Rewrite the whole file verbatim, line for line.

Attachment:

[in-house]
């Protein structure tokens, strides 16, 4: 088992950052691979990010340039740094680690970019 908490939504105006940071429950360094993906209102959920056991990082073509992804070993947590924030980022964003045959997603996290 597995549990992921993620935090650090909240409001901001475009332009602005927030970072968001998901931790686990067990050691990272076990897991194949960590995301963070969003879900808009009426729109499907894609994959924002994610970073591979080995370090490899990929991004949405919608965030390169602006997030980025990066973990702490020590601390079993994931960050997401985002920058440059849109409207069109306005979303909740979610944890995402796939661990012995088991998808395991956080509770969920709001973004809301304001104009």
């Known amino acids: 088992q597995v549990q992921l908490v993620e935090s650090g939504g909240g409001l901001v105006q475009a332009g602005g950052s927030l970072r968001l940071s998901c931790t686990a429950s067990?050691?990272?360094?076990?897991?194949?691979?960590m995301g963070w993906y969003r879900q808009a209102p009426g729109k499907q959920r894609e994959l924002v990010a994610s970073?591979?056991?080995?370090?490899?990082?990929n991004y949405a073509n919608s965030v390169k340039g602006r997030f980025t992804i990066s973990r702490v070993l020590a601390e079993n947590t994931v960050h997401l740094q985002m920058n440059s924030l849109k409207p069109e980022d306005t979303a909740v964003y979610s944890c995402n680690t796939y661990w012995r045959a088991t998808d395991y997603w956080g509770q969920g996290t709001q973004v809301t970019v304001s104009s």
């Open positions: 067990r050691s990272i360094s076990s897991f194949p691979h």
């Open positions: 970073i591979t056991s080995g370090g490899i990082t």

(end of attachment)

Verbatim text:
[in-house]
């Protein structure tokens, strides 16, 4: 088992950052691979990010340039740094680690970019 908490939504105006940071429950360094993906209102959920056991990082073509992804070993947590924030980022964003045959997603996290 597995549990992921993620935090650090909240409001901001475009332009602005927030970072968001998901931790686990067990050691990272076990897991194949960590995301963070969003879900808009009426729109499907894609994959924002994610970073591979080995370090490899990929991004949405919608965030390169602006997030980025990066973990702490020590601390079993994931960050997401985002920058440059849109409207069109306005979303909740979610944890995402796939661990012995088991998808395991956080509770969920709001973004809301304001104009």
């Known amino acids: 088992q597995v549990q992921l908490v993620e935090s650090g939504g909240g409001l901001v105006q475009a332009g602005g950052s927030l970072r968001l940071s998901c931790t686990a429950s067990?050691?990272?360094?076990?897991?194949?691979?960590m995301g963070w993906y969003r879900q808009a209102p009426g729109k499907q959920r894609e994959l924002v990010a994610s970073?591979?056991?080995?370090?490899?990082?990929n991004y949405a073509n919608s965030v390169k340039g602006r997030f980025t992804i990066s973990r702490v070993l020590a601390e079993n947590t994931v960050h997401l740094q985002m920058n440059s924030l849109k409207p069109e980022d306005t979303a909740v964003y979610s944890c995402n680690t796939y661990w012995r045959a088991t998808d395991y997603w956080g509770q969920g996290t709001q973004v809301t970019v304001s104009s």
């Open positions: 067990r050691s990272i360094s076990s897991f194949p691979h």
């Open positions: 970073i591979t056991s080995g370090g490899i990082t």